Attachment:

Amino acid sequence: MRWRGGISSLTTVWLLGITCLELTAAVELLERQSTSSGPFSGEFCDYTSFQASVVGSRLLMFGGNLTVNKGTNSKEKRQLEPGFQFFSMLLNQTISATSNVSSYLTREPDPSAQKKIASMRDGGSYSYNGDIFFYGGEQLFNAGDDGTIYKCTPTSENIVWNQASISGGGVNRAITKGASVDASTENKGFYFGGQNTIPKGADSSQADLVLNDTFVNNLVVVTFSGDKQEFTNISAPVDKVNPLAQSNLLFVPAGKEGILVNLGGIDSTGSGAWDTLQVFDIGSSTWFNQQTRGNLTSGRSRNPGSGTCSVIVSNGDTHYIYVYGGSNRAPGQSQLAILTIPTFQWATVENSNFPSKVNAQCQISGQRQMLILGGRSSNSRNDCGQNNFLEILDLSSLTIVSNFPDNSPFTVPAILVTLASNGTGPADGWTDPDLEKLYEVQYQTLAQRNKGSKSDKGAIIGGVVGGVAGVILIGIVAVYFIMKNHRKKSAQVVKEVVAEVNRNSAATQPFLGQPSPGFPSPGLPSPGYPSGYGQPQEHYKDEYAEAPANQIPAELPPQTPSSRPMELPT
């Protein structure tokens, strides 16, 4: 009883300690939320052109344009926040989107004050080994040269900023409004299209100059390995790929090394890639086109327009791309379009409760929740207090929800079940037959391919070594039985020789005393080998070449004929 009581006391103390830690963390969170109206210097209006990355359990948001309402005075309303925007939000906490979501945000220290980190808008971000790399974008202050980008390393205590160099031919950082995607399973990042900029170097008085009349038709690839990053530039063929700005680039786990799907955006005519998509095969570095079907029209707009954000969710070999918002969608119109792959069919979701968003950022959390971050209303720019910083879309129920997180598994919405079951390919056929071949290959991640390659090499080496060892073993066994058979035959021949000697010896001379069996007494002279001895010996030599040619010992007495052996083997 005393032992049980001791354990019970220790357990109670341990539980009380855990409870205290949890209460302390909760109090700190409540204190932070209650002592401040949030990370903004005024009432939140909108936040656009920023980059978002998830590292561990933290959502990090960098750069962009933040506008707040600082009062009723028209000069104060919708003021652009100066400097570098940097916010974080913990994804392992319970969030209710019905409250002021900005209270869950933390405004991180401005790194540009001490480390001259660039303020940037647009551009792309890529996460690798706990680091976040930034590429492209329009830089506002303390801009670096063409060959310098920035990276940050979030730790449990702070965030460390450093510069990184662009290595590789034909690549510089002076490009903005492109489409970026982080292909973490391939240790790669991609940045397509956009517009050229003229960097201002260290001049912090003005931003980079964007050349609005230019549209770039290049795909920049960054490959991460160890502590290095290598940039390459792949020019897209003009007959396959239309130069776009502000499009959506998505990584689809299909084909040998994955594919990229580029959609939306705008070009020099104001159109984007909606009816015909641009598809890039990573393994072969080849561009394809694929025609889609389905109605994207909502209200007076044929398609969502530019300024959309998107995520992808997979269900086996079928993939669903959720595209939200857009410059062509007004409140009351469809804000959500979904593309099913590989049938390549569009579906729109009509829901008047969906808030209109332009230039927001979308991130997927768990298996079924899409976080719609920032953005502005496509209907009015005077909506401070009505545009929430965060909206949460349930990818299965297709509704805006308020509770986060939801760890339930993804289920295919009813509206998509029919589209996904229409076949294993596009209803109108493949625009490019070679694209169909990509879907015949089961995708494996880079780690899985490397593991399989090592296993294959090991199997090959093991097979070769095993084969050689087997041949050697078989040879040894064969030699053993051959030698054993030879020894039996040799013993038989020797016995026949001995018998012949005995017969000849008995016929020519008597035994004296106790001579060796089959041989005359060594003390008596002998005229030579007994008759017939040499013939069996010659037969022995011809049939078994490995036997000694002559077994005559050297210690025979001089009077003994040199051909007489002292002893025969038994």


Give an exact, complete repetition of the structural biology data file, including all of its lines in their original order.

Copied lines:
Amino acid sequence: MRWRGGISSLTTVWLLGITCLELTAAVELLERQSTSSGPFSGEFCDYTSFQASVVGSRLLMFGGNLTVNKGTNSKEKRQLEPGFQFFSMLLNQTISATSNVSSYLTREPDPSAQKKIASMRDGGSYSYNGDIFFYGGEQLFNAGDDGTIYKCTPTSENIVWNQASISGGGVNRAITKGASVDASTENKGFYFGGQNTIPKGADSSQADLVLNDTFVNNLVVVTFSGDKQEFTNISAPVDKVNPLAQSNLLFVPAGKEGILVNLGGIDSTGSGAWDTLQVFDIGSSTWFNQQTRGNLTSGRSRNPGSGTCSVIVSNGDTHYIYVYGGSNRAPGQSQLAILTIPTFQWATVENSNFPSKVNAQCQISGQRQMLILGGRSSNSRNDCGQNNFLEILDLSSLTIVSNFPDNSPFTVPAILVTLASNGTGPADGWTDPDLEKLYEVQYQTLAQRNKGSKSDKGAIIGGVVGGVAGVILIGIVAVYFIMKNHRKKSAQVVKEVVAEVNRNSAATQPFLGQPSPGFPSPGLPSPGYPSGYGQPQEHYKDEYAEAPANQIPAELPPQTPSSRPMELPT
């Protein structure tokens, strides 16, 4: 009883300690939320052109344009926040989107004050080994040269900023409004299209100059390995790929090394890639086109327009791309379009409760929740207090929800079940037959391919070594039985020789005393080998070449004929 009581006391103390830690963390969170109206210097209006990355359990948001309402005075309303925007939000906490979501945000220290980190808008971000790399974008202050980008390393205590160099031919950082995607399973990042900029170097008085009349038709690839990053530039063929700005680039786990799907955006005519998509095969570095079907029209707009954000969710070999918002969608119109792959069919979701968003950022959390971050209303720019910083879309129920997180598994919405079951390919056929071949290959991640390659090499080496060892073993066994058979035959021949000697010896001379069996007494002279001895010996030599040619010992007495052996083997 005393032992049980001791354990019970220790357990109670341990539980009380855990409870205290949890209460302390909760109090700190409540204190932070209650002592401040949030990370903004005024009432939140909108936040656009920023980059978002998830590292561990933290959502990090960098750069962009933040506008707040600082009062009723028209000069104060919708003021652009100066400097570098940097916010974080913990994804392992319970969030209710019905409250002021900005209270869950933390405004991180401005790194540009001490480390001259660039303020940037647009551009792309890529996460690798706990680091976040930034590429492209329009830089506002303390801009670096063409060959310098920035990276940050979030730790449990702070965030460390450093510069990184662009290595590789034909690549510089002076490009903005492109489409970026982080292909973490391939240790790669991609940045397509956009517009050229003229960097201002260290001049912090003005931003980079964007050349609005230019549209770039290049795909920049960054490959991460160890502590290095290598940039390459792949020019897209003009007959396959239309130069776009502000499009959506998505990584689809299909084909040998994955594919990229580029959609939306705008070009020099104001159109984007909606009816015909641009598809890039990573393994072969080849561009394809694929025609889609389905109605994207909502209200007076044929398609969502530019300024959309998107995520992808997979269900086996079928993939669903959720595209939200857009410059062509007004409140009351469809804000959500979904593309099913590989049938390549569009579906729109009509829901008047969906808030209109332009230039927001979308991130997927768990298996079924899409976080719609920032953005502005496509209907009015005077909506401070009505545009929430965060909206949460349930990818299965297709509704805006308020509770986060939801760890339930993804289920295919009813509206998509029919589209996904229409076949294993596009209803109108493949625009490019070679694209169909990509879907015949089961995708494996880079780690899985490397593991399989090592296993294959090991199997090959093991097979070769095993084969050689087997041949050697078989040879040894064969030699053993051959030698054993030879020894039996040799013993038989020797016995026949001995018998012949005995017969000849008995016929020519008597035994004296106790001579060796089959041989005359060594003390008596002998005229030579007994008759017939040499013939069996010659037969022995011809049939078994490995036997000694002559077994005559050297210690025979001089009077003994040199051909007489002292002893025969038994």